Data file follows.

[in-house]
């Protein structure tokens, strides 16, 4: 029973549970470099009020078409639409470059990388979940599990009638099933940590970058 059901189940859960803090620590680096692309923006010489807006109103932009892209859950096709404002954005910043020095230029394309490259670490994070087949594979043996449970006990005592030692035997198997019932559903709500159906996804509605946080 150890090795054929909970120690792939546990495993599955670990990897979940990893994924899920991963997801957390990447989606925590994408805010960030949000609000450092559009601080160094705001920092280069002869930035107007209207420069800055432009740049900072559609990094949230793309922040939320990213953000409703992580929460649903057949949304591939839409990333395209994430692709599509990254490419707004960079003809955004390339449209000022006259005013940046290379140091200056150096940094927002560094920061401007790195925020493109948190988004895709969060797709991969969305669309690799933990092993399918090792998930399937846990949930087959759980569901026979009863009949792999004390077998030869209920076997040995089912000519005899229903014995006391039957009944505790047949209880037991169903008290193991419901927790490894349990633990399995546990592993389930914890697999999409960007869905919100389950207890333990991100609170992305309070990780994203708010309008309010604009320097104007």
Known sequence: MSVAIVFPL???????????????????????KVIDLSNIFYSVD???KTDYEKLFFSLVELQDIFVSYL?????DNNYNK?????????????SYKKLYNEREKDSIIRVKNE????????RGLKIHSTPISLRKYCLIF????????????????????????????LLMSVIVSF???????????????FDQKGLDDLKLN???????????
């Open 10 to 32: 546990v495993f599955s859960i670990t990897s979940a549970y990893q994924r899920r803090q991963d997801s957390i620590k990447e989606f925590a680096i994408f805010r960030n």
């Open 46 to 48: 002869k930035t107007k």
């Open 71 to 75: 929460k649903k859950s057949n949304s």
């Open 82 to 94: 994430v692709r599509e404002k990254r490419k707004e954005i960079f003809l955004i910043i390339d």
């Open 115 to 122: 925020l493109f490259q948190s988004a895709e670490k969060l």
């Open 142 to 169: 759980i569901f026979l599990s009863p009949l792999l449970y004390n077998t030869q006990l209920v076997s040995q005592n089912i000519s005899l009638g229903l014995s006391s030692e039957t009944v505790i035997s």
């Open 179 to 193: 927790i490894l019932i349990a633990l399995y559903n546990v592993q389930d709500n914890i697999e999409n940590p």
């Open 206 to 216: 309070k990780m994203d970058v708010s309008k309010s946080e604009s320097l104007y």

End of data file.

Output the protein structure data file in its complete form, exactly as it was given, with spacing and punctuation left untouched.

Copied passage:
[in-house]
């Protein structure tokens, strides 16, 4: 029973549970470099009020078409639409470059990388979940599990009638099933940590970058 059901189940859960803090620590680096692309923006010489807006109103932009892209859950096709404002954005910043020095230029394309490259670490994070087949594979043996449970006990005592030692035997198997019932559903709500159906996804509605946080 150890090795054929909970120690792939546990495993599955670990990897979940990893994924899920991963997801957390990447989606925590994408805010960030949000609000450092559009601080160094705001920092280069002869930035107007209207420069800055432009740049900072559609990094949230793309922040939320990213953000409703992580929460649903057949949304591939839409990333395209994430692709599509990254490419707004960079003809955004390339449209000022006259005013940046290379140091200056150096940094927002560094920061401007790195925020493109948190988004895709969060797709991969969305669309690799933990092993399918090792998930399937846990949930087959759980569901026979009863009949792999004390077998030869209920076997040995089912000519005899229903014995006391039957009944505790047949209880037991169903008290193991419901927790490894349990633990399995546990592993389930914890697999999409960007869905919100389950207890333990991100609170992305309070990780994203708010309008309010604009320097104007």
Known sequence: MSVAIVFPL???????????????????????KVIDLSNIFYSVD???KTDYEKLFFSLVELQDIFVSYL?????DNNYNK?????????????SYKKLYNEREKDSIIRVKNE????????RGLKIHSTPISLRKYCLIF????????????????????????????LLMSVIVSF???????????????FDQKGLDDLKLN???????????
């Open 10 to 32: 546990v495993f599955s859960i670990t990897s979940a549970y990893q994924r899920r803090q991963d997801s957390i620590k990447e989606f925590a680096i994408f805010r960030n």
């Open 46 to 48: 002869k930035t107007k």
């Open 71 to 75: 929460k649903k859950s057949n949304s």
């Open 82 to 94: 994430v692709r599509e404002k990254r490419k707004e954005i960079f003809l955004i910043i390339d």
């Open 115 to 122: 925020l493109f490259q948190s988004a895709e670490k969060l």
């Open 142 to 169: 759980i569901f026979l599990s009863p009949l792999l449970y004390n077998t030869q006990l209920v076997s040995q005592n089912i000519s005899l009638g229903l014995s006391s030692e039957t009944v505790i035997s």
């Open 179 to 193: 927790i490894l019932i349990a633990l399995y559903n546990v592993q389930d709500n914890i697999e999409n940590p």
């Open 206 to 216: 309070k990780m994203d970058v708010s309008k309010s946080e604009s320097l104007y």